The Enchanted River: 200 years of the watercolour society
Watercolour, the most British of art forms, was in its early years dismissed by the Royal Academy as an inferior medium. In 1804, a group of artists reacted against this to form what is today the Royal Watercolour Society. The new society enjoyed
immediate popularity and for most of the nineteenth century was at the heart of the British artistic establishment. Queen Victoria and Prince Albert were regular visitors and buyers.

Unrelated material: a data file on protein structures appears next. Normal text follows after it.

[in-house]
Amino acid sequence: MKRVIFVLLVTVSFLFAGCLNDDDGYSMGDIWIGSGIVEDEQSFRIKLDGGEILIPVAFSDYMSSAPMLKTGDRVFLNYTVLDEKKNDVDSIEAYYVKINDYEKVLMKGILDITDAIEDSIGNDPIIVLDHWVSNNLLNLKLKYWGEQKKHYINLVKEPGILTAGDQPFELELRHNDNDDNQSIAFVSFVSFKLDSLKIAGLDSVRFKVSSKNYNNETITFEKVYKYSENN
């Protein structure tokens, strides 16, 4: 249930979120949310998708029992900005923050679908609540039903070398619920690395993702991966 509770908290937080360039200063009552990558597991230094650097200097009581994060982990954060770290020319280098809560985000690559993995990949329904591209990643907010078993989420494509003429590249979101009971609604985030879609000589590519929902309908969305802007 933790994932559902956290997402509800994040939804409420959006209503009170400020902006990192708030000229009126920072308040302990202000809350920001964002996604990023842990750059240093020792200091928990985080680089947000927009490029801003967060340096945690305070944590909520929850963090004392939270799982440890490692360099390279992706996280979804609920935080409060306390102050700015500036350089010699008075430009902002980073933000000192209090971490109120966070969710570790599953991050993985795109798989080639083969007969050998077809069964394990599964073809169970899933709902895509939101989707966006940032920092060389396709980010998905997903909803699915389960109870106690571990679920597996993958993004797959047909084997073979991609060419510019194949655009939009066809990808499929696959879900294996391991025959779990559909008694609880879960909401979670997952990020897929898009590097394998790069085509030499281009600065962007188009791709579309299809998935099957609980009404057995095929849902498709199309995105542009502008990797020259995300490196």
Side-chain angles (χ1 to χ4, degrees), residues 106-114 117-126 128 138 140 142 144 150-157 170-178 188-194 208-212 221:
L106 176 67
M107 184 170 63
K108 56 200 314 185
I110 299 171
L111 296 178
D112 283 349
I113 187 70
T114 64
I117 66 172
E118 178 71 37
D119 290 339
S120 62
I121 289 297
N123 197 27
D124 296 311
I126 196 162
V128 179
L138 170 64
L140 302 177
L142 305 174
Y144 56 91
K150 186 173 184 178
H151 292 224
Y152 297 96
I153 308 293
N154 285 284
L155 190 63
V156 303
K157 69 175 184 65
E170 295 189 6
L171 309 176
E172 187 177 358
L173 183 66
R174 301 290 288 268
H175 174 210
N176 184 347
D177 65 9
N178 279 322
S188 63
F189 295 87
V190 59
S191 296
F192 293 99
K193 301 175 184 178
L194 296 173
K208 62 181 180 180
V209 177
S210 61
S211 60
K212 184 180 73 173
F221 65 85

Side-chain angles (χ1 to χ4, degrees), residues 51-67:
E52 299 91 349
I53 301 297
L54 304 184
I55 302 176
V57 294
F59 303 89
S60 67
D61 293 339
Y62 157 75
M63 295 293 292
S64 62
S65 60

Simon Fenwick records the Society’s changing fortunes and the controversies, personal vendettas and financial crises which characterized much of its history.
Changing fashion in the late twentieth century brought about the re-establishment of the RWS as a significant force in contemporary painting, and the Society flourishes
again after its move to Bankside.
(HB) ISBN 978-1-904537-10-6
(SB) ISBN 978-1-904537-15-1
270 x 210mm